By Kristy Dorsey

A Perthshire manufacturing firm is set to help tackle shortages of food-grade carbon dioxide after securing a multi-million pound package of funding.

Run by brothers Richard and Ed Nimmons, Dry Ice Scotland is setting up a new £4 million production site near Dumfries that will use waste CO2 from a nearby plant to make liquid CO2 that is compressed into pellets and slabs of dry ice. Production is expected to reach 8,000 tonnes per year, making the firm one of the top three UK producers of dry ice.

Soaring wholesale prices for gas forced fertiliser manufacturers – whose main by-product is CO2 – to suspend production last month, triggering a shortage in the supply of carbon dioxide used throughout the food and drink supply chain. The UK Government has since agreed temporary support to get fertiliser production back online, though the price of food-grade CO2 remains about five times higher than prior to the spike in gas prices.

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About £3m of the funding for the new Dry Ice Scotland facility was provided by Nash Business Capital, with the balance met by a combination of grant funding and the company’s own resources. The factory will use a process that is claimed to be carbon negative.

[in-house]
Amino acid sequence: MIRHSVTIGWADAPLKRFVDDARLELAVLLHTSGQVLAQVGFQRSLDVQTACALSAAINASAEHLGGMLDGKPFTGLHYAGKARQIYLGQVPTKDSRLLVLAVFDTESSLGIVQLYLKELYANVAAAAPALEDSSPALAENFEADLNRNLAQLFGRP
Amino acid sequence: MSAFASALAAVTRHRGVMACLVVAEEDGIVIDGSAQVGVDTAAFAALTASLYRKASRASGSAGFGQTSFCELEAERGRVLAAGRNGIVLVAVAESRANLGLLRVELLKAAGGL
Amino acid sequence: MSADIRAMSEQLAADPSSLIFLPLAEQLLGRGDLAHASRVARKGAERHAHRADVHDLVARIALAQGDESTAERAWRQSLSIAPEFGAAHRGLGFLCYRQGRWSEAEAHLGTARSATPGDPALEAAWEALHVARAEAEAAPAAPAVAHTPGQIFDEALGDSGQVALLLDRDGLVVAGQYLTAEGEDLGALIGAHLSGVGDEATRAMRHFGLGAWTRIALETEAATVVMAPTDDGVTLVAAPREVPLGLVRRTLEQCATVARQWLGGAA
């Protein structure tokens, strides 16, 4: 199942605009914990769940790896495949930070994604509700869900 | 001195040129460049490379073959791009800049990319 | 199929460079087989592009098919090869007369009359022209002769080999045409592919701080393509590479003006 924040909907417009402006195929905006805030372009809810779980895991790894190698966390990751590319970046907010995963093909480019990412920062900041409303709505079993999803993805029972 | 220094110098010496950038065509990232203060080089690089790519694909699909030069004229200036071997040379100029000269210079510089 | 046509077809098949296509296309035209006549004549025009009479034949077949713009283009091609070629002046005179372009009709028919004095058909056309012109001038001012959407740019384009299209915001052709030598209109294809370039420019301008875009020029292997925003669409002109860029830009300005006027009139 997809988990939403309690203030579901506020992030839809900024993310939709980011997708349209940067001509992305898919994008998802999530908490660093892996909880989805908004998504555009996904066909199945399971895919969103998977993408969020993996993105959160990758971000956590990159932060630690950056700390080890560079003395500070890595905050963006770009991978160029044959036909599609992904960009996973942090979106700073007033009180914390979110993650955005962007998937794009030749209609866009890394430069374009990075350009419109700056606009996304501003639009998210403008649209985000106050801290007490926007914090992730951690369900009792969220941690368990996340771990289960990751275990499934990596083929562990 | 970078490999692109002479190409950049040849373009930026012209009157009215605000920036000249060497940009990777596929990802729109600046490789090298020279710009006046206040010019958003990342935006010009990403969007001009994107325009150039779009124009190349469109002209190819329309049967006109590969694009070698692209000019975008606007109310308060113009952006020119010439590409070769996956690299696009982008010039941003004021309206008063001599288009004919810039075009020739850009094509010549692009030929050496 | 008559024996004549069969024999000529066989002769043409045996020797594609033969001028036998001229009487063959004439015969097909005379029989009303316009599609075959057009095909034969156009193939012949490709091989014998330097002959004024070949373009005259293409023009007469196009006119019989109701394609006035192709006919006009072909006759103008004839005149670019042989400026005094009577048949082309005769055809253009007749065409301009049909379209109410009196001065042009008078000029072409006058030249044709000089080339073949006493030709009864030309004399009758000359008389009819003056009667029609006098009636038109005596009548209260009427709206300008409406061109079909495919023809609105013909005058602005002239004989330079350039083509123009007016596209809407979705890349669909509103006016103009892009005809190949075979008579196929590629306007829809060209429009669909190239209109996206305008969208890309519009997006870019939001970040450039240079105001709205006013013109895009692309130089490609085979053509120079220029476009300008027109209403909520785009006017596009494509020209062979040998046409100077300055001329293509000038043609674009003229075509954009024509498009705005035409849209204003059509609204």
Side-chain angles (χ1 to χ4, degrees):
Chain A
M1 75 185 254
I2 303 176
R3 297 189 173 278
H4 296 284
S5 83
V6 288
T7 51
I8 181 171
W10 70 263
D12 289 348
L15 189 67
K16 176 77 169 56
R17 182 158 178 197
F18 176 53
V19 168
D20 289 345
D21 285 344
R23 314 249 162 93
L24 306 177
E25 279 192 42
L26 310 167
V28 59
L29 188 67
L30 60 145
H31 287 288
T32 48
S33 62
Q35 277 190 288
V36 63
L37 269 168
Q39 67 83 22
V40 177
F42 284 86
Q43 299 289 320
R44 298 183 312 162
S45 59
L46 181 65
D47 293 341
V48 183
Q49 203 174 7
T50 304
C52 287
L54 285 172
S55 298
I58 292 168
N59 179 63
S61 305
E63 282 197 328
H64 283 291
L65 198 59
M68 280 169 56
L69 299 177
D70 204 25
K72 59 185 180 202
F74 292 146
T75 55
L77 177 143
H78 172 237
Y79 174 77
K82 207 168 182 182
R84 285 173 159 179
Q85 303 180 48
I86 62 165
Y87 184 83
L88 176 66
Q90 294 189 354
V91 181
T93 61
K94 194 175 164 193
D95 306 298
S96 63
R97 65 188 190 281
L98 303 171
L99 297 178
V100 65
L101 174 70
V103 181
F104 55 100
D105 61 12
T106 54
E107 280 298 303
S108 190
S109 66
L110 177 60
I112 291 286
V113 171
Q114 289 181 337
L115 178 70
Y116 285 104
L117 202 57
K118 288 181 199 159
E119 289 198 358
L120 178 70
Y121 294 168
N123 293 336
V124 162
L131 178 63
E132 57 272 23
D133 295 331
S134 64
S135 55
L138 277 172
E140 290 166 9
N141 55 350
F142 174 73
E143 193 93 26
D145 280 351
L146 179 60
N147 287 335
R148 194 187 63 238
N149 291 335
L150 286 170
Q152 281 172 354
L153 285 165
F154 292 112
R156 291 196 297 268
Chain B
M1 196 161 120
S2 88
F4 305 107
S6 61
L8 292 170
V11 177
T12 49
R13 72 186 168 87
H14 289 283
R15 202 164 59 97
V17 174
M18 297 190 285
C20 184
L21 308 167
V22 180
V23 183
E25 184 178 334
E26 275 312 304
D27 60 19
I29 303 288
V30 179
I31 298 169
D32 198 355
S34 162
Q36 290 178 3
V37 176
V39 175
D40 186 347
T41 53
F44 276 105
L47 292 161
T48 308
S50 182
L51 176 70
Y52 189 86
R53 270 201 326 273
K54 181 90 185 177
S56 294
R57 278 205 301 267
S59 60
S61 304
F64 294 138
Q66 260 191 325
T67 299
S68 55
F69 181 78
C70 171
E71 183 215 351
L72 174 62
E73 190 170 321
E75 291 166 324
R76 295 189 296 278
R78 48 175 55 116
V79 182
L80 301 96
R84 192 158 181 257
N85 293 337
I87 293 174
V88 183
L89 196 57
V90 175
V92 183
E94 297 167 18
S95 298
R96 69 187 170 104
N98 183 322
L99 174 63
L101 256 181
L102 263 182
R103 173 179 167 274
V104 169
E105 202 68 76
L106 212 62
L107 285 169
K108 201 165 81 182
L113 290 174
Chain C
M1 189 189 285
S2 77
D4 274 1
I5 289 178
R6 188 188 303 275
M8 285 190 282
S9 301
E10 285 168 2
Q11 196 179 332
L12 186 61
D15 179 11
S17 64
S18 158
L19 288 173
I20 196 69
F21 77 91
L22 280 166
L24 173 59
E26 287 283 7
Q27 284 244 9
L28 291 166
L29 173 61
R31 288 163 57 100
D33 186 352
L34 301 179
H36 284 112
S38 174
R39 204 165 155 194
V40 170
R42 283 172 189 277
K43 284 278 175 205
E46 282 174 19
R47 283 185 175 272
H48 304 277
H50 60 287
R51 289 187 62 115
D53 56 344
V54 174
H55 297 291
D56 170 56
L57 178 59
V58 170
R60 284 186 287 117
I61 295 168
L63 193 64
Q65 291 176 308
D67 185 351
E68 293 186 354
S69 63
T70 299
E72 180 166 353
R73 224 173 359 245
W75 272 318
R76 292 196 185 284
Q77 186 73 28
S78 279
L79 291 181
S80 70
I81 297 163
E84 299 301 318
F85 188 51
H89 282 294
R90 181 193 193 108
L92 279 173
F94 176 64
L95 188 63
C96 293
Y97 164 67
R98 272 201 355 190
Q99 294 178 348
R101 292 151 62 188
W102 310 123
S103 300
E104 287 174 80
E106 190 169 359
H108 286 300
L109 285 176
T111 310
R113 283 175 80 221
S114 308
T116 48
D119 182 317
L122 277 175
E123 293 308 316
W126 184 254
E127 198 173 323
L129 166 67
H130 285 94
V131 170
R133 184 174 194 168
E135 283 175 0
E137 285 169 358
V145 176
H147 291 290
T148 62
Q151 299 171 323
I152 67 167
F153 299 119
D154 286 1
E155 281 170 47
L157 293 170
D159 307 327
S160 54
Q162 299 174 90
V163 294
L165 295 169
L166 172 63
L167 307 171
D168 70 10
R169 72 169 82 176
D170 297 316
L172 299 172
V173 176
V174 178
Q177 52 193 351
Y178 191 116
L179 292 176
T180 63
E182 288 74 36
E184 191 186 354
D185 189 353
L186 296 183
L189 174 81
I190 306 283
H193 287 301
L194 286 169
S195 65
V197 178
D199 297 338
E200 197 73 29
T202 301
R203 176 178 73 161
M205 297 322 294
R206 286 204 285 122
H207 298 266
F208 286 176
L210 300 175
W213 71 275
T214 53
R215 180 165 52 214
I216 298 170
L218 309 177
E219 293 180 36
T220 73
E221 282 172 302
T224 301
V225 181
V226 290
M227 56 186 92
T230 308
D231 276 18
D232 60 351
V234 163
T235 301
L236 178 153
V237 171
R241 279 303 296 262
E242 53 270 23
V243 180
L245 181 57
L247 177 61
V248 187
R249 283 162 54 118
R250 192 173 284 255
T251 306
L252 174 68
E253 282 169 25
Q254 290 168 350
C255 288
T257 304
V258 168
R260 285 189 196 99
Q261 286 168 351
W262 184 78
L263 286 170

Ed Nimmons described the project as a “landmark” in the effort to decarbonise the dry ice industry. His brother and fellow director Richard added: “This is a major step forward for the UK to be 100 per cent reliable on domestic sources of food grade CO2 for dry ice manufacture, reducing transportation carbon footprint and insulating our customers from future CO2 shortages.”

The pair were advised on the financing and property transaction by legal firm Aberdein Considine. Originally established in 2011, Dry Ice Scotland currently employs seven people supplying dry ice pellets and slices to sectors ranging from the pharmaceutical to food distribution industries, and expects to recruit up to eight more staff within the next three years.